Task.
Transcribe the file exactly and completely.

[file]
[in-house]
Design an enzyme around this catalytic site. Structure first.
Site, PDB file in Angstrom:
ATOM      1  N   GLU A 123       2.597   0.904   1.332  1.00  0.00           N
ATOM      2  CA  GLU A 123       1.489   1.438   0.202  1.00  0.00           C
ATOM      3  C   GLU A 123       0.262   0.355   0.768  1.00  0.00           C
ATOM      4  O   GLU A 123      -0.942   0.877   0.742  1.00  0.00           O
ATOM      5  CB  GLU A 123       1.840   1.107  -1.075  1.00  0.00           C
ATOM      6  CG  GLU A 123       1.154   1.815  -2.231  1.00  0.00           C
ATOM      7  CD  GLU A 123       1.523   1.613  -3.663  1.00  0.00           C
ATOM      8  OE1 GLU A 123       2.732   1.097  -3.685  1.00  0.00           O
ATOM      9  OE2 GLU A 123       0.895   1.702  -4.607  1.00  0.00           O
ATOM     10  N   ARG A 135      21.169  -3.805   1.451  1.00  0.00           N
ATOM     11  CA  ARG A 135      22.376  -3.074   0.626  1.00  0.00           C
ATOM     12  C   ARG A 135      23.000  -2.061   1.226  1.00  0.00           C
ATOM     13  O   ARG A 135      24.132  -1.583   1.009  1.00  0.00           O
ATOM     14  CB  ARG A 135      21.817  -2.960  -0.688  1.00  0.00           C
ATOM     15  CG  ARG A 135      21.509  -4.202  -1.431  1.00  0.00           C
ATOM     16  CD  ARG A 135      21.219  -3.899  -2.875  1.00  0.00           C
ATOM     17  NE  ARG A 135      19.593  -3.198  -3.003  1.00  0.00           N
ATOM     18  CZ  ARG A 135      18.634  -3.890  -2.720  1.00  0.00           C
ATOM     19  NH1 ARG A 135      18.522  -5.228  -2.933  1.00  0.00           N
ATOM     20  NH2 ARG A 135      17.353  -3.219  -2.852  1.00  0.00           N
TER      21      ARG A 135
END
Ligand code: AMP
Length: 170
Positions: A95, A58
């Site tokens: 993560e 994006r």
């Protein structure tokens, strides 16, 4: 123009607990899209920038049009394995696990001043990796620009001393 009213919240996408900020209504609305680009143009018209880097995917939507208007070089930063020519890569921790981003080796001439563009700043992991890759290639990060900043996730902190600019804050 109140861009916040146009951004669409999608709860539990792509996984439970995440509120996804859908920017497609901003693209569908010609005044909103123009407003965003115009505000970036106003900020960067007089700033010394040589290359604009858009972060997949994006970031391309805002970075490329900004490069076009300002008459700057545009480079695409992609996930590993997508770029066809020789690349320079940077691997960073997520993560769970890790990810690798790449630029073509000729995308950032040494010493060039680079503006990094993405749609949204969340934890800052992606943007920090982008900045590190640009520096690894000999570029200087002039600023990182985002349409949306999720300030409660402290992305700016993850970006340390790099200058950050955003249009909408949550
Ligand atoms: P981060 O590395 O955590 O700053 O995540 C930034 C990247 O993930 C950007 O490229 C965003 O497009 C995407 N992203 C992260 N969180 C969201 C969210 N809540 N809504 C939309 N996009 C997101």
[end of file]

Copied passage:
[in-house]
Design an enzyme around this catalytic site. Structure first.
Site, PDB file in Angstrom:
ATOM      1  N   GLU A 123       2.597   0.904   1.332  1.00  0.00           N
ATOM      2  CA  GLU A 123       1.489   1.438   0.202  1.00  0.00           C
ATOM      3  C   GLU A 123       0.262   0.355   0.768  1.00  0.00           C
ATOM      4  O   GLU A 123      -0.942   0.877   0.742  1.00  0.00           O
ATOM      5  CB  GLU A 123       1.840   1.107  -1.075  1.00  0.00           C
ATOM      6  CG  GLU A 123       1.154   1.815  -2.231  1.00  0.00           C
ATOM      7  CD  GLU A 123       1.523   1.613  -3.663  1.00  0.00           C
ATOM      8  OE1 GLU A 123       2.732   1.097  -3.685  1.00  0.00           O
ATOM      9  OE2 GLU A 123       0.895   1.702  -4.607  1.00  0.00           O
ATOM     10  N   ARG A 135      21.169  -3.805   1.451  1.00  0.00           N
ATOM     11  CA  ARG A 135      22.376  -3.074   0.626  1.00  0.00           C
ATOM     12  C   ARG A 135      23.000  -2.061   1.226  1.00  0.00           C
ATOM     13  O   ARG A 135      24.132  -1.583   1.009  1.00  0.00           O
ATOM     14  CB  ARG A 135      21.817  -2.960  -0.688  1.00  0.00           C
ATOM     15  CG  ARG A 135      21.509  -4.202  -1.431  1.00  0.00           C
ATOM     16  CD  ARG A 135      21.219  -3.899  -2.875  1.00  0.00           C
ATOM     17  NE  ARG A 135      19.593  -3.198  -3.003  1.00  0.00           N
ATOM     18  CZ  ARG A 135      18.634  -3.890  -2.720  1.00  0.00           C
ATOM     19  NH1 ARG A 135      18.522  -5.228  -2.933  1.00  0.00           N
ATOM     20  NH2 ARG A 135      17.353  -3.219  -2.852  1.00  0.00           N
TER      21      ARG A 135
END
Ligand code: AMP
Length: 170
Positions: A95, A58
């Site tokens: 993560e 994006r």
């Protein structure tokens, strides 16, 4: 123009607990899209920038049009394995696990001043990796620009001393 009213919240996408900020209504609305680009143009018209880097995917939507208007070089930063020519890569921790981003080796001439563009700043992991890759290639990060900043996730902190600019804050 109140861009916040146009951004669409999608709860539990792509996984439970995440509120996804859908920017497609901003693209569908010609005044909103123009407003965003115009505000970036106003900020960067007089700033010394040589290359604009858009972060997949994006970031391309805002970075490329900004490069076009300002008459700057545009480079695409992609996930590993997508770029066809020789690349320079940077691997960073997520993560769970890790990810690798790449630029073509000729995308950032040494010493060039680079503006990094993405749609949204969340934890800052992606943007920090982008900045590190640009520096690894000999570029200087002039600023990182985002349409949306999720300030409660402290992305700016993850970006340390790099200058950050955003249009909408949550
Ligand atoms: P981060 O590395 O955590 O700053 O995540 C930034 C990247 O993930 C950007 O490229 C965003 O497009 C995407 N992203 C992260 N969180 C969201 C969210 N809540 N809504 C939309 N996009 C997101």